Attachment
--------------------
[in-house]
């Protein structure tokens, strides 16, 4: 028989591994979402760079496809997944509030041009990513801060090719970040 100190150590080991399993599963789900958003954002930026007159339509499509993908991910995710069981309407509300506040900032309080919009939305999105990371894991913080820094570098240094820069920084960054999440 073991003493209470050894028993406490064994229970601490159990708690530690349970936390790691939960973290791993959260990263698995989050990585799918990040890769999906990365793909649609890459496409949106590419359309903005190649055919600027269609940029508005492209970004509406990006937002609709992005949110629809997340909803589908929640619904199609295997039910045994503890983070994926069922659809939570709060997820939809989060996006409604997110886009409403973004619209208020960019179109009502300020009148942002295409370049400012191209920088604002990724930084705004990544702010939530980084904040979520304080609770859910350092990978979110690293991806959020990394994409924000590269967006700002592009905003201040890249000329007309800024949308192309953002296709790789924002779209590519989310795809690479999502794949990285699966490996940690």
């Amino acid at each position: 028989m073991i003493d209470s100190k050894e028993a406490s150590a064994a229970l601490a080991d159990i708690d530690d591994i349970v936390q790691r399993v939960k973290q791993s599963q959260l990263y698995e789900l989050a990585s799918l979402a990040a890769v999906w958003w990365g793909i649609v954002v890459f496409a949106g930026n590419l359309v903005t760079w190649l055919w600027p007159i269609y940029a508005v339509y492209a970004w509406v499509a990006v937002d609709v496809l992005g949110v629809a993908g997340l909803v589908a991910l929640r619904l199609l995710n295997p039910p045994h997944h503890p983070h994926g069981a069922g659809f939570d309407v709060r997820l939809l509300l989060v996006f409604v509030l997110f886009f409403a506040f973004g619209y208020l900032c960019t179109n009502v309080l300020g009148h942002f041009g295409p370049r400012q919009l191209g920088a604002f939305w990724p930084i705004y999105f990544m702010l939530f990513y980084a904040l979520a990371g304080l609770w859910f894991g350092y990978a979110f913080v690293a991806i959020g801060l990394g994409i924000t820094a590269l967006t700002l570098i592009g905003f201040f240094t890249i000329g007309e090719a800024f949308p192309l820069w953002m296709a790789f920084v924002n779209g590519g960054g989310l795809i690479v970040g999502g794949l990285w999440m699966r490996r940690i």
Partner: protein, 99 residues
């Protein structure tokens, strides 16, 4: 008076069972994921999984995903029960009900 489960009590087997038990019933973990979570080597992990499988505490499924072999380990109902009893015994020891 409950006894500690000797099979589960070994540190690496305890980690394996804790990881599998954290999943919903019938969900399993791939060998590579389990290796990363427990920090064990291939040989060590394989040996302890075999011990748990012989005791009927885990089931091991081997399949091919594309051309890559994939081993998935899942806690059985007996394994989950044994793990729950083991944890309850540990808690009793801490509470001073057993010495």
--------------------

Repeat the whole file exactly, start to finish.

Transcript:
[in-house]
């Protein structure tokens, strides 16, 4: 028989591994979402760079496809997944509030041009990513801060090719970040 100190150590080991399993599963789900958003954002930026007159339509499509993908991910995710069981309407509300506040900032309080919009939305999105990371894991913080820094570098240094820069920084960054999440 073991003493209470050894028993406490064994229970601490159990708690530690349970936390790691939960973290791993959260990263698995989050990585799918990040890769999906990365793909649609890459496409949106590419359309903005190649055919600027269609940029508005492209970004509406990006937002609709992005949110629809997340909803589908929640619904199609295997039910045994503890983070994926069922659809939570709060997820939809989060996006409604997110886009409403973004619209208020960019179109009502300020009148942002295409370049400012191209920088604002990724930084705004990544702010939530980084904040979520304080609770859910350092990978979110690293991806959020990394994409924000590269967006700002592009905003201040890249000329007309800024949308192309953002296709790789924002779209590519989310795809690479999502794949990285699966490996940690």
């Amino acid at each position: 028989m073991i003493d209470s100190k050894e028993a406490s150590a064994a229970l601490a080991d159990i708690d530690d591994i349970v936390q790691r399993v939960k973290q791993s599963q959260l990263y698995e789900l989050a990585s799918l979402a990040a890769v999906w958003w990365g793909i649609v954002v890459f496409a949106g930026n590419l359309v903005t760079w190649l055919w600027p007159i269609y940029a508005v339509y492209a970004w509406v499509a990006v937002d609709v496809l992005g949110v629809a993908g997340l909803v589908a991910l929640r619904l199609l995710n295997p039910p045994h997944h503890p983070h994926g069981a069922g659809f939570d309407v709060r997820l939809l509300l989060v996006f409604v509030l997110f886009f409403a506040f973004g619209y208020l900032c960019t179109n009502v309080l300020g009148h942002f041009g295409p370049r400012q919009l191209g920088a604002f939305w990724p930084i705004y999105f990544m702010l939530f990513y980084a904040l979520a990371g304080l609770w859910f894991g350092y990978a979110f913080v690293a991806i959020g801060l990394g994409i924000t820094a590269l967006t700002l570098i592009g905003f201040f240094t890249i000329g007309e090719a800024f949308p192309l820069w953002m296709a790789f920084v924002n779209g590519g960054g989310l795809i690479v970040g999502g794949l990285w999440m699966r490996r940690i």
Partner: protein, 99 residues
């Protein structure tokens, strides 16, 4: 008076069972994921999984995903029960009900 489960009590087997038990019933973990979570080597992990499988505490499924072999380990109902009893015994020891 409950006894500690000797099979589960070994540190690496305890980690394996804790990881599998954290999943919903019938969900399993791939060998590579389990290796990363427990920090064990291939040989060590394989040996302890075999011990748990012989005791009927885990089931091991081997399949091919594309051309890559994939081993998935899942806690059985007996394994989950044994793990729950083991944890309850540990808690009793801490509470001073057993010495």